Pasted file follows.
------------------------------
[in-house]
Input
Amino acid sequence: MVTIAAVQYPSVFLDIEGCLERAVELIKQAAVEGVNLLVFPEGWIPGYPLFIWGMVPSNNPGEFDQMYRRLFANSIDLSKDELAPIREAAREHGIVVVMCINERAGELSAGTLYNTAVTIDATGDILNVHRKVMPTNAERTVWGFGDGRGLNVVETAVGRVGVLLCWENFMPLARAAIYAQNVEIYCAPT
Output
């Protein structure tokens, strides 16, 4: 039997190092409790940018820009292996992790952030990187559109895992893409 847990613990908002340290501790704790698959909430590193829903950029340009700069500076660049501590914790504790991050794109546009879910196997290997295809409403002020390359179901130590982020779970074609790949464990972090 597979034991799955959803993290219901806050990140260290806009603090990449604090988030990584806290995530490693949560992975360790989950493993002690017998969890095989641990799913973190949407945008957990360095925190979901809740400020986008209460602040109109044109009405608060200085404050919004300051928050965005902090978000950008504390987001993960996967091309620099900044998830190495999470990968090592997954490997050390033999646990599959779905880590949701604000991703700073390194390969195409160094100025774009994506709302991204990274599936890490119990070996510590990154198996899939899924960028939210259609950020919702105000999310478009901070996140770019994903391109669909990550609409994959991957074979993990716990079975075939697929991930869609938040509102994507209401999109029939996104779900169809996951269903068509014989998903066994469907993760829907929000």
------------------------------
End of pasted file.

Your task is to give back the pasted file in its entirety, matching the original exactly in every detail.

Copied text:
[in-house]
Input
Amino acid sequence: MVTIAAVQYPSVFLDIEGCLERAVELIKQAAVEGVNLLVFPEGWIPGYPLFIWGMVPSNNPGEFDQMYRRLFANSIDLSKDELAPIREAAREHGIVVVMCINERAGELSAGTLYNTAVTIDATGDILNVHRKVMPTNAERTVWGFGDGRGLNVVETAVGRVGVLLCWENFMPLARAAIYAQNVEIYCAPT
Output
């Protein structure tokens, strides 16, 4: 039997190092409790940018820009292996992790952030990187559109895992893409 847990613990908002340290501790704790698959909430590193829903950029340009700069500076660049501590914790504790991050794109546009879910196997290997295809409403002020390359179901130590982020779970074609790949464990972090 597979034991799955959803993290219901806050990140260290806009603090990449604090988030990584806290995530490693949560992975360790989950493993002690017998969890095989641990799913973190949407945008957990360095925190979901809740400020986008209460602040109109044109009405608060200085404050919004300051928050965005902090978000950008504390987001993960996967091309620099900044998830190495999470990968090592997954490997050390033999646990599959779905880590949701604000991703700073390194390969195409160094100025774009994506709302991204990274599936890490119990070996510590990154198996899939899924960028939210259609950020919702105000999310478009901070996140770019994903391109669909990550609409994959991957074979993990716990079975075939697929991930869609938040509102994507209401999109029939996104779900169809996951269903068509014989998903066994469907993760829907929000």